On the morning of Sept. 11, 2001, Rita Schwartz was running late for a breakfast meeting at Windows on the World, the restaurant at the top of the World Trade Center. The woman she was meeting decided to leave.
That woman was one of the last people out of the restaurant, Schwartz said, before two airplanes that had been hijacked by Al Qaeda operatives hit the Twin Towers.
Eight and a half years earlier, Schwartz had also gotten lucky.
On Feb. 26, 1993, Schwartz, who worked in government relations for the Port Authority of New York and New Jersey, was returning from a meeting at LaGuardia Airport. As she pulled her car into a spot in the garage under the World Trade Center, she felt an explosion that caused her car to bounce.
“I thought it was the transformer,” Schwartz said in an interview at the former World Trade Center site Monday.
Smelling smoke, she pulled out of the garage and drove around to the front of the building.
“If I had gone down, I wouldn’t be here today,” Schwartz said.
What Schwartz and many others assumed was an electrical outage was actually a 1,200-pound bomb that tore a crater through the garage, injuring more than 1,000 people and ultimately killing six.
The terror attack, the first on the World Trade Center and unfathomable in New York City at the time, was a precursor to the attack that brought down the towers and that has dominated public interest ever since. But for the families of the victims and the survivors of the 1993 attack, the memory has not diminished.
“My family hasn’t forgotten,” said Schwartz. “I don’t think New Yorkers have ever forgotten.”
Schwartz was one of dozens of survivors, family members, friends and colleagues who gathered Monday to commemorate those who lost their lives in the bombing: John DiGiovanni, Robert Kirkpatrick, Stephen A. Knapp, William Macko, Wilfredo Mercado and Monica Rodriguez Smith, who was pregnant at the time.
Some of them attended a memorial Mass at St. Peter’s Church, around the corner from the former World Trade Center site, in the morning. Then, just after noon, the National September 11 Memorial and Museum hosted a ceremony near the waterfall in the imprint of the north tower, with bagpipes and drums, a moment of silence and a reading of the six names.
Afterward, family members and survivors placed roses at the spot where those names are engraved, alongside the names of nearly 3,000 others who died in the Sept. 11, 2001, attacks.
“9/11 ... was the culmination of an attack that was launched in 1993,” Charles Maikish, who directed the World Trade Center at the time of the bombing, said in remarks at the ceremony.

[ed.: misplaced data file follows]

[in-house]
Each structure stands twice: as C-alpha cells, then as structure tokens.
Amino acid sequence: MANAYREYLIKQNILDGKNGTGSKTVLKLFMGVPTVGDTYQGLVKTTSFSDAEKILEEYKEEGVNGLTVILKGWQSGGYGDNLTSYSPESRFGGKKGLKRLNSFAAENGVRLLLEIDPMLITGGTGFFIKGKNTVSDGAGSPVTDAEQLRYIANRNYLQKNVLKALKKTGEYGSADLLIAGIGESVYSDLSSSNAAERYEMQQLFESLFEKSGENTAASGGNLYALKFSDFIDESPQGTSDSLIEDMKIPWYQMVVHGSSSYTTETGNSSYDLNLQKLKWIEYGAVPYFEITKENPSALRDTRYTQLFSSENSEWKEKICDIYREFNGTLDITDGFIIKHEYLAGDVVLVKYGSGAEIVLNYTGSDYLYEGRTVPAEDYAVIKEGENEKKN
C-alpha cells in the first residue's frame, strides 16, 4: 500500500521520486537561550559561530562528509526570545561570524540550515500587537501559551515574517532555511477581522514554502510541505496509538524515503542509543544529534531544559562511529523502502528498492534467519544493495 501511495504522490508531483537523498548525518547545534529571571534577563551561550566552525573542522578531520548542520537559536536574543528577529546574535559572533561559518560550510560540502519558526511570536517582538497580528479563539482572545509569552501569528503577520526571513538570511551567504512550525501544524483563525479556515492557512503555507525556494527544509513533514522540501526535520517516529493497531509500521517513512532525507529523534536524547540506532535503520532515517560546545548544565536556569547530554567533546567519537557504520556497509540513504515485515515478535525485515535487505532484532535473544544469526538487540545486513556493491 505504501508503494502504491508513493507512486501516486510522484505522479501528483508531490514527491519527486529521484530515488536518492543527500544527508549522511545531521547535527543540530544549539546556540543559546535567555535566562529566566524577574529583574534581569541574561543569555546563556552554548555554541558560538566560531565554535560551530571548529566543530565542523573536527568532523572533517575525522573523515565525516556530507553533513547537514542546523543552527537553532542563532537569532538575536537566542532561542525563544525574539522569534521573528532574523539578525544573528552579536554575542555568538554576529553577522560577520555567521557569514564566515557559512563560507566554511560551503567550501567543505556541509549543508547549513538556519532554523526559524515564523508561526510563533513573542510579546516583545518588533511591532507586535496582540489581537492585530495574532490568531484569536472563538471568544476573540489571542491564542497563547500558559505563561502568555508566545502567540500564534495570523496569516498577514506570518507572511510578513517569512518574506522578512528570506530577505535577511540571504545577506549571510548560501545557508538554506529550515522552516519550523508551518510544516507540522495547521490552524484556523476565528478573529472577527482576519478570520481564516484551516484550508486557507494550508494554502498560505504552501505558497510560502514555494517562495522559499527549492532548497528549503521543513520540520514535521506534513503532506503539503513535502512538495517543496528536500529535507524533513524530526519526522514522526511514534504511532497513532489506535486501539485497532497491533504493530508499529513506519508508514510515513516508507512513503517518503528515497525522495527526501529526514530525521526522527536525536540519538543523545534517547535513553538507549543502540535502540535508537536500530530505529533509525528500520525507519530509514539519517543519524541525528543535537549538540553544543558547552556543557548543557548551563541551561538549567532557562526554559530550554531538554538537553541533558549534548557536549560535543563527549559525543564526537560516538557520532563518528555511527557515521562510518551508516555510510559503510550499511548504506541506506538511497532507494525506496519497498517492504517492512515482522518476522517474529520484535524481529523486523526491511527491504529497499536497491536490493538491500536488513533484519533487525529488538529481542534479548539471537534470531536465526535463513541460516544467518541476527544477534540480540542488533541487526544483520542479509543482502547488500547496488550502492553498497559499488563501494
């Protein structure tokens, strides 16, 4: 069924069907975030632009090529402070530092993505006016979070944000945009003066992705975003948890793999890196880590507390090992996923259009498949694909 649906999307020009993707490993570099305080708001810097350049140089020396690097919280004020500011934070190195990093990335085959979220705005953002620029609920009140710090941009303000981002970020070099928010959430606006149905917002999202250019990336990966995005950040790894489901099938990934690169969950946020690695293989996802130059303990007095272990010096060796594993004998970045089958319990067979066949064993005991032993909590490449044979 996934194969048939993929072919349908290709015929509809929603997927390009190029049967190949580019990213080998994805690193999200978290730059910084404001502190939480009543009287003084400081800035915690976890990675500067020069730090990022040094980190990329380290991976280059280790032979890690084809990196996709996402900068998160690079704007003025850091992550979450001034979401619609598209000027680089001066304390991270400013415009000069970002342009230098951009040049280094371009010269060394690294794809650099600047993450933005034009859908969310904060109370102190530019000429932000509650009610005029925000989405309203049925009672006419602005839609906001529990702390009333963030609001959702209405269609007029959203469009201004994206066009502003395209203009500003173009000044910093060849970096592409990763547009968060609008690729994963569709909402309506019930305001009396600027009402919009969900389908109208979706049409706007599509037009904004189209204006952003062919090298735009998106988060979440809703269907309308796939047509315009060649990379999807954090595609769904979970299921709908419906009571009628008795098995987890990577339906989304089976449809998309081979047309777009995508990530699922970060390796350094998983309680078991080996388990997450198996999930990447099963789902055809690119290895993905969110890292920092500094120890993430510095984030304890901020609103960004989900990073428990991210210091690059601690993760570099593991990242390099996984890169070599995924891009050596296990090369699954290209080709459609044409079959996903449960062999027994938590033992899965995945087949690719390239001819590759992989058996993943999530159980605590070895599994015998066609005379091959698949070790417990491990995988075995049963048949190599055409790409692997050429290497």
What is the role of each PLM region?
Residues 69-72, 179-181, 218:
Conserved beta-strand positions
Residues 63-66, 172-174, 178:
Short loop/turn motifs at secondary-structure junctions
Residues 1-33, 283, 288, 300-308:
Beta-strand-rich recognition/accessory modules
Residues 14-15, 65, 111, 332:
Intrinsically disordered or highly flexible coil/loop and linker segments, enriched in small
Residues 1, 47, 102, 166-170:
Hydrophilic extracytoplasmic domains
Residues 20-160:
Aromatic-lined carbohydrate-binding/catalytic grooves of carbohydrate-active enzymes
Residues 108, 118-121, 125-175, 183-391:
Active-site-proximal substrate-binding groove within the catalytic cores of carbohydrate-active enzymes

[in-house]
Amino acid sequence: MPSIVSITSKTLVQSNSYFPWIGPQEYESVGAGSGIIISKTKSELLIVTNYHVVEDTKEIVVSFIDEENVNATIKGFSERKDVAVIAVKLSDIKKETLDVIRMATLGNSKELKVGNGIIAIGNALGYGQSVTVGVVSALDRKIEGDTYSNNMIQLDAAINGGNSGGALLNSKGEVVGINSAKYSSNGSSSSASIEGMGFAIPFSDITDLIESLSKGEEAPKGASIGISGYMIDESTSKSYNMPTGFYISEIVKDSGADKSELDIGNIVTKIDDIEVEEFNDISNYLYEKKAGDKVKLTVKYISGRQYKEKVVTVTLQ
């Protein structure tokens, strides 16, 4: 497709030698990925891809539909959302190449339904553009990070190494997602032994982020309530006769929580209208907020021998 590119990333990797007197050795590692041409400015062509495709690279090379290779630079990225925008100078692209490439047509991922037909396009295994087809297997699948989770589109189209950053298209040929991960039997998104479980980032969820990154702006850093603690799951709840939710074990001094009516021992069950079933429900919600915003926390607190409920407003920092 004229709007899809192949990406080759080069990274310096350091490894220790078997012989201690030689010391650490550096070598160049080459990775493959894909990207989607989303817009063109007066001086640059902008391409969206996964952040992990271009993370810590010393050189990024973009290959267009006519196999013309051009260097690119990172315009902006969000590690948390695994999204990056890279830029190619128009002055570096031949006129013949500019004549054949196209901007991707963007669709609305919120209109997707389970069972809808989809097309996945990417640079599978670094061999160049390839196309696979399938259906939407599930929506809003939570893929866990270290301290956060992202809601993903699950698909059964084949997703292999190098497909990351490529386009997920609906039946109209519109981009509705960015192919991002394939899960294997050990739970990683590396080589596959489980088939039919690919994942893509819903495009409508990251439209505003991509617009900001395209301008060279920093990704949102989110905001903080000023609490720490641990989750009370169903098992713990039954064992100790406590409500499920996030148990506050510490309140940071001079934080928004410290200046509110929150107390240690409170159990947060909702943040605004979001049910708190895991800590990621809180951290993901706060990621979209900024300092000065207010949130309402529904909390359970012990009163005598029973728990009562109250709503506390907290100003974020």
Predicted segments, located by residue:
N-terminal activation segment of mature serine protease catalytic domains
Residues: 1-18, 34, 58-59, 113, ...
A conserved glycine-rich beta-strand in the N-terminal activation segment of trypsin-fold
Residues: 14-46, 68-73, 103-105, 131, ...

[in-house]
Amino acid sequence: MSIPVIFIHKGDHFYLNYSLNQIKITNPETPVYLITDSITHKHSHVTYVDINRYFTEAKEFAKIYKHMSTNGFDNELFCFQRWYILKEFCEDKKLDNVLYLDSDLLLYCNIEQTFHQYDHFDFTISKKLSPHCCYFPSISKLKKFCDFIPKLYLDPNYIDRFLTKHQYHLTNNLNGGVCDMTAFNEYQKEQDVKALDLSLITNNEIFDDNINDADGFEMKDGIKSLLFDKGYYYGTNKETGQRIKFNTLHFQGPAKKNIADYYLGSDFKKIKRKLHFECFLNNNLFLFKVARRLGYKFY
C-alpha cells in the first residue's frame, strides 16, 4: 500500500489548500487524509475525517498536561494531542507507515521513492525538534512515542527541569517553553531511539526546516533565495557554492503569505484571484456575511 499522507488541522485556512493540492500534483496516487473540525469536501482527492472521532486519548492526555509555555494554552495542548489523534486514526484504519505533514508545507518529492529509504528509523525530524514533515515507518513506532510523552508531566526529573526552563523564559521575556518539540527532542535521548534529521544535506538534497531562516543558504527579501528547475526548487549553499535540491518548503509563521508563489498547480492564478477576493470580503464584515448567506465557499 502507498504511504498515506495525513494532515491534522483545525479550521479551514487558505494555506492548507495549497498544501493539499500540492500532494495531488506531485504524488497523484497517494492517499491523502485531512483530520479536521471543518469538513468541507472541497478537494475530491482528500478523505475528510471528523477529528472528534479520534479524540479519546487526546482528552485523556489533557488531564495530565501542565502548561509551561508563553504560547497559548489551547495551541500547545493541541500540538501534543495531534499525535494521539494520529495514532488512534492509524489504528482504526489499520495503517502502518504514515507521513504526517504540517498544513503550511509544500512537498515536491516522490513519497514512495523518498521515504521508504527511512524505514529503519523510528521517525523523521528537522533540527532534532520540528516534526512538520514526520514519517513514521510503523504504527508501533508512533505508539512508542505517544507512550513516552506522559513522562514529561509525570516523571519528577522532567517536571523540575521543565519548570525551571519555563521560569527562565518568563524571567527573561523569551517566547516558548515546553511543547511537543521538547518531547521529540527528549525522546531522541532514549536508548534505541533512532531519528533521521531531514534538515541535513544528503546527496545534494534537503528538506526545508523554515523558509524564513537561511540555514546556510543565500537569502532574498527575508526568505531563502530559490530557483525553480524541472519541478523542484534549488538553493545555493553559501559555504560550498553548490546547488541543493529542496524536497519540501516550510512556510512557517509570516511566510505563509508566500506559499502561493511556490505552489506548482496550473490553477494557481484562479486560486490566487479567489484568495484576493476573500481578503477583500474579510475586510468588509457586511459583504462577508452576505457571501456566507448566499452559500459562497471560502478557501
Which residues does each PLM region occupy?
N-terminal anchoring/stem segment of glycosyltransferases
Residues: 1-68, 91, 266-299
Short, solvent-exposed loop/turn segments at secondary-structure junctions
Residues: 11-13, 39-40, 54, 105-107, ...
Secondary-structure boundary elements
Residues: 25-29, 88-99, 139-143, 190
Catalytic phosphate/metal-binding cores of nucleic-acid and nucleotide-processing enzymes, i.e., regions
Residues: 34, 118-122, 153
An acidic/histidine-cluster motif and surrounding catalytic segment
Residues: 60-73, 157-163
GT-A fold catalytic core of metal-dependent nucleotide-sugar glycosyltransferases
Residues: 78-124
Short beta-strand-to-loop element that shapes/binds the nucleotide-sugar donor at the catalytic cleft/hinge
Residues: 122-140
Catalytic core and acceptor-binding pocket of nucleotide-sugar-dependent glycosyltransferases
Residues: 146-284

The mastermind behind the 1993 attack, Ramzi Yousef, was a nephew of Khalid Sheikh Mohammed, who plotted the 2001 attacks. Yousef is now serving a life term plus 240 years in prison. Five other men were also convicted for their roles in the 1993 attacks.
The bomb had been left in a rental van and disabled the building’s electric, HVAC, communications and elevator systems. Such a terror attack was unprecedented in the United States.
“In 1993, the world was very different. We were not ready for what visited us that day. America was not ready,” Kevin O’Toole, current chairman of the Port Authority, said at the ceremony.
“There was no protocol for this sort of thing,” said Schwartz, the former government relations official, who said she helped set Mercado’s family up in a hotel room nearby so they could be present as first responders searched for days for his body.
Still, reconstruction was swift. The Twin Towers were lighted at nighttime after the bombing, Maikish said. Within weeks, the building was again operational — including with new safety procedures that ended up being used to evacuate people in the 2001 attacks.
The 2001 attacks were far more devastating and have since overshadowed the 1993 bombing in the public consciousness — and rightly so, some said Monday.
“It was much more devastating and more people were killed,” Michael Macko told reporters after the ceremony.
Macko, who was 29 at the time of the first attack, drove with his father, a Port Authority employee, to work at the World Trade Center the morning of Feb. 26, 1993, and never saw him again.
In the wake of Sept. 11, Macko fought to secure recognition and compensation for the deaths of his father and other victims. Those victims are recognized at the National September 11 Memorial and Museum, but they were excluded from the compensation fund set up after 9/11.
Some survivors said they gathered Monday precisely so that first event wouldn’t be forgotten.
“Remember 9/11, but don’t forget Feb. 26, 1993,” said Herman Gabora, 66, who worked as the staff lieutenant for the police station in the basement of the World Trade Center at the time and suffered a gash to his head.
Gabora had proposed to his wife Carol, an
For Macko, Gabora and many other New Yorkers, the Sept. 11 attacks represented a horrific kind of deja vu.
“It was like reliving the worst day of my life all over again,” said Stephen Knapp, 44, whose father was the chief mechanical supervisor for the World Trade Center and died in the 1993 blast.
Knapp said it’s important to remember that blast as well as the 2001 attacks because of what it represents as the first act of terrorism at the site.
“It’s all part of one big story,” Knapp said.